I can’t remember exactly when it happened, but one day a couple of years ago I was having a particularly rough go with my little one and retreated to my room for a quick lay down.
I was tired, stressed out and just needed a breather. Moments later, I could hear my 4 year old daughter rummaging through the fridge.
I just assumed she wanted a snack until she came into my room holding my bottle of wine.
“Here, Mama, for you.”
If ever there was a moment my heart exploded for my child, this was it.
She knew what was going on.
Although little ones may not understand stress, they certainly recognize it. And they pay attention to how we respond to it.
Now, I’m not saying that I hit the bottle every time I feel overwhelmed. My daughter knew I was at my wits end and was offering something she knows I enjoy. She was trying to make me feel better.
Children learn so much by imitating our behaviours. If we allow ourselves to give in to anger and outbursts whenever we feel stressed or frustrated, we are essentially teaching our kids to do the same.
How Your Stress Affects Your Kids
Studies have shown that there is a connection between parental stress and issues with children’s behaviors.
We may think our little ones are not yet developed to pick up on such an adult issue such as stress, but these tiny humans are very much capable of sensing our emotions.
They may not understand them, but they are in tune with them.
There are 3 reasons why your stress may be negatively affecting your child:
1. Stress Impacts Our Parenting Style
When we are experiencing high levels of stress, we tend to be less warm with our children. We lose patience very quickly and are more likely to harshly discipline our little ones.
Alternatively, when we are dealing with less stress, we are more likely to adopt a positive parenting style. We are more sensitive to our children’s needs and more understanding of their behaviors.
When we treat our children harshly and coldly, they are more prone to acting out and displaying unwanted behaviors.
2. Children Imitate Our Behaviors
Our kids watch us like hawks and learn how to behave by imitating our behaviors.
Back in my days of being an angry mom, I used to throw things when I was stressed and frustrated. I remember one day my daughter was angry and began to pick up things and throw them.
The funny thing was the way she did it: She threw pillows and gently overturned objects. I could tell just by watching her that she wasn’t simply lashing out because of anger – she was emulating my behavior.
I knew that I couldn’t be expected to hide my feelings and my stress since I wanted my daughter to learn that emotional expression is okay. What I had to teach her was how to manage feelings and express them in healthy ways.
Now I don’t throw things and neither does she.
3. Children Are Sensitive to Our Moods
Our kids are very aware of our emotional states and are sensitive to them too. They will actually mirror our stress, which causes the release of stress hormones in their brains.
Consequently, this does help with the development of empathy.
However, if they are constantly witness to our high levels of stress, it could cause health issues such as anxiety and mood disorders.
The good news out of this is that just as we transmit stress to our children, we also transmit love and care as well.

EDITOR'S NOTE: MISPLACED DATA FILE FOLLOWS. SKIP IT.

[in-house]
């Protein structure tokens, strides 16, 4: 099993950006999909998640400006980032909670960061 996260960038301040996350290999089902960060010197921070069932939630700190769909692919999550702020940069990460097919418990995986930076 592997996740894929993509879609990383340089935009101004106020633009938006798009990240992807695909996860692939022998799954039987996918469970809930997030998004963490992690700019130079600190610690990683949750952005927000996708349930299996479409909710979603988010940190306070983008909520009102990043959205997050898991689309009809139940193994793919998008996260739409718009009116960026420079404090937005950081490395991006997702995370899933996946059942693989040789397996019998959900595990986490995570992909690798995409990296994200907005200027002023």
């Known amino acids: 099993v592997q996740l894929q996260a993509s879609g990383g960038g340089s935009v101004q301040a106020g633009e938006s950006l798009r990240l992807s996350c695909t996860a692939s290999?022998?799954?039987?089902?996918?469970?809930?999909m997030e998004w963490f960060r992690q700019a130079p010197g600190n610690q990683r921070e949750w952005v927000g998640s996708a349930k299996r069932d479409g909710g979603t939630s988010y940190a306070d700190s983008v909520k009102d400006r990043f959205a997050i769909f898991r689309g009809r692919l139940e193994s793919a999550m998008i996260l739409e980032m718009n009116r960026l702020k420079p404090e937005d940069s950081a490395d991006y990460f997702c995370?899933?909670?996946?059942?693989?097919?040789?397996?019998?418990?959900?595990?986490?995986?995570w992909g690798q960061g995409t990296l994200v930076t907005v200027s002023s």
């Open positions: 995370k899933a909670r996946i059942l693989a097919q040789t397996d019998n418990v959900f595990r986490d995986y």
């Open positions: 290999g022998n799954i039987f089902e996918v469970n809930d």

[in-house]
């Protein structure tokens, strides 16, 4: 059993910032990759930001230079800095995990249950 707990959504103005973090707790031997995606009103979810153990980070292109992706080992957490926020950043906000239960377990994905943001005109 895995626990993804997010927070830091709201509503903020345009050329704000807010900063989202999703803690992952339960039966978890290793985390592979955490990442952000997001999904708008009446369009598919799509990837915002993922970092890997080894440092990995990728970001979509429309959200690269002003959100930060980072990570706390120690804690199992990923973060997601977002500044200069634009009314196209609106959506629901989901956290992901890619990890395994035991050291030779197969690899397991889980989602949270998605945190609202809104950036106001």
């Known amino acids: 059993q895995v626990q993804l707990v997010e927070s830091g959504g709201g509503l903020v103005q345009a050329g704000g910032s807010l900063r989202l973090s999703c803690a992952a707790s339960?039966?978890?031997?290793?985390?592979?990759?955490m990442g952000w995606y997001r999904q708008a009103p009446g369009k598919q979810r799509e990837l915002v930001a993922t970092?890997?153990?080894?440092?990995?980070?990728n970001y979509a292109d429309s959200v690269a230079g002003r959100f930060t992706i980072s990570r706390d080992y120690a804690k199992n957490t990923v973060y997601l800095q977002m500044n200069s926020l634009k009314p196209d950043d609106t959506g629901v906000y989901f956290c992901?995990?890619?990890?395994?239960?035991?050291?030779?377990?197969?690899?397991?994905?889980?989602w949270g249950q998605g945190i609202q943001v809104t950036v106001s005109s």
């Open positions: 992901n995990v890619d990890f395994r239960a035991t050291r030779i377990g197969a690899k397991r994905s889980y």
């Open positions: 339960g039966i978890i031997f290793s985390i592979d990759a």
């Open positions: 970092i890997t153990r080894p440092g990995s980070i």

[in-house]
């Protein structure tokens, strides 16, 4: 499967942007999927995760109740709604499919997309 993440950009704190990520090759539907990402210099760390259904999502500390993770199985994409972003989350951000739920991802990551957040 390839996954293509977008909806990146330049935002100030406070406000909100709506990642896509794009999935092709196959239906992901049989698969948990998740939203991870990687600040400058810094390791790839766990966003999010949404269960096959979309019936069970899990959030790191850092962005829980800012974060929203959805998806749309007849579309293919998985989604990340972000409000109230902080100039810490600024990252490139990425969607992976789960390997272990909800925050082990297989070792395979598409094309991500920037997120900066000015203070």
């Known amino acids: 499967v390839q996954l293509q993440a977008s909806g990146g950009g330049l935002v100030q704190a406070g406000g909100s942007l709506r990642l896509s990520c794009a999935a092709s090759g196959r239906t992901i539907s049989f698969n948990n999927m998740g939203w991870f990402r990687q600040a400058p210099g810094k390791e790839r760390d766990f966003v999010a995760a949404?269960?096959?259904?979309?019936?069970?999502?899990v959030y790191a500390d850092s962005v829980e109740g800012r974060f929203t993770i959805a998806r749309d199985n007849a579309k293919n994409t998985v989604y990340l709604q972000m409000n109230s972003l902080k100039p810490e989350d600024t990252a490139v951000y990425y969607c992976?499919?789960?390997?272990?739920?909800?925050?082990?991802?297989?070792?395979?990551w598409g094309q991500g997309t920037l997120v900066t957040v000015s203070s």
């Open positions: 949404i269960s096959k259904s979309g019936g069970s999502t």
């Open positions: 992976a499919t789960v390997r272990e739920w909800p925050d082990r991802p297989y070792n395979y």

Why Do Mothers Need a Break?
Why don’t they need a break?
I actually did a Google search on how mothers can take breaks to reduce stress and this headline was one of the suggested questions. I couldn’t resist using it here.
But in all seriousness, mothers experience ridiculously high levels of stress – and most of the time it’s not just one major stressor. High levels of stress are usually a culmination of various stressful situations.
We just don’t have time to deal with them all.
And when we don’t take the time to deal with the stressors or decompress from them, the stress can become toxic.
Sadly, we can’t eliminate stress from our lives but we can change how we react to it and how we deal with it.
We can do this by: A) Giving ourselves permission to takes breaks, and B) Taking breaks.
There is No Shame in Taking a Break
None at all.
Motherhood is a full-time job but there is nothing wrong with throwing your hands up and walking away from time to time.
I know for myself I often feel as if I’m abandoning my child when I need a timeout but it is an important exercise in self-calming that I want my daughter to learn as well.
It’s all in how you communicate this need to your child:
A seething “I can’t stand you right now” can be damaging and hurtful to a child. Simply saying “Mommy needs a break right now” helps to indicate that it is not them you need to get away from, just the situation.
(And you may just get a bottle of wine out of it, too.)
And you deserve to take breaks whenever you damn well please.
You don’t need to wait until tempers explode before taking some time for yourself.
Soaking in the tub while your little one watches a movie is a great way to grab a little escape. Personally, I like to lose myself in my writing for a little bit while my daughter quietly plays.
Finding those little moments where you can feel like yourself again is crucial in maintaining a balance as both a mother and a person.
The more you discover this harmony, the less likely you are going to lose your cool on a consistent basis.
So, Go Ahead. Give Yourself a Timeout!
Set the timer, find your corner and give yourself some space.
Your spirit will thank you and your child will learn the self-care skills necessary to keep your mental health intact.
What is your go to activity when you need a timeout? Let me know in the comments below!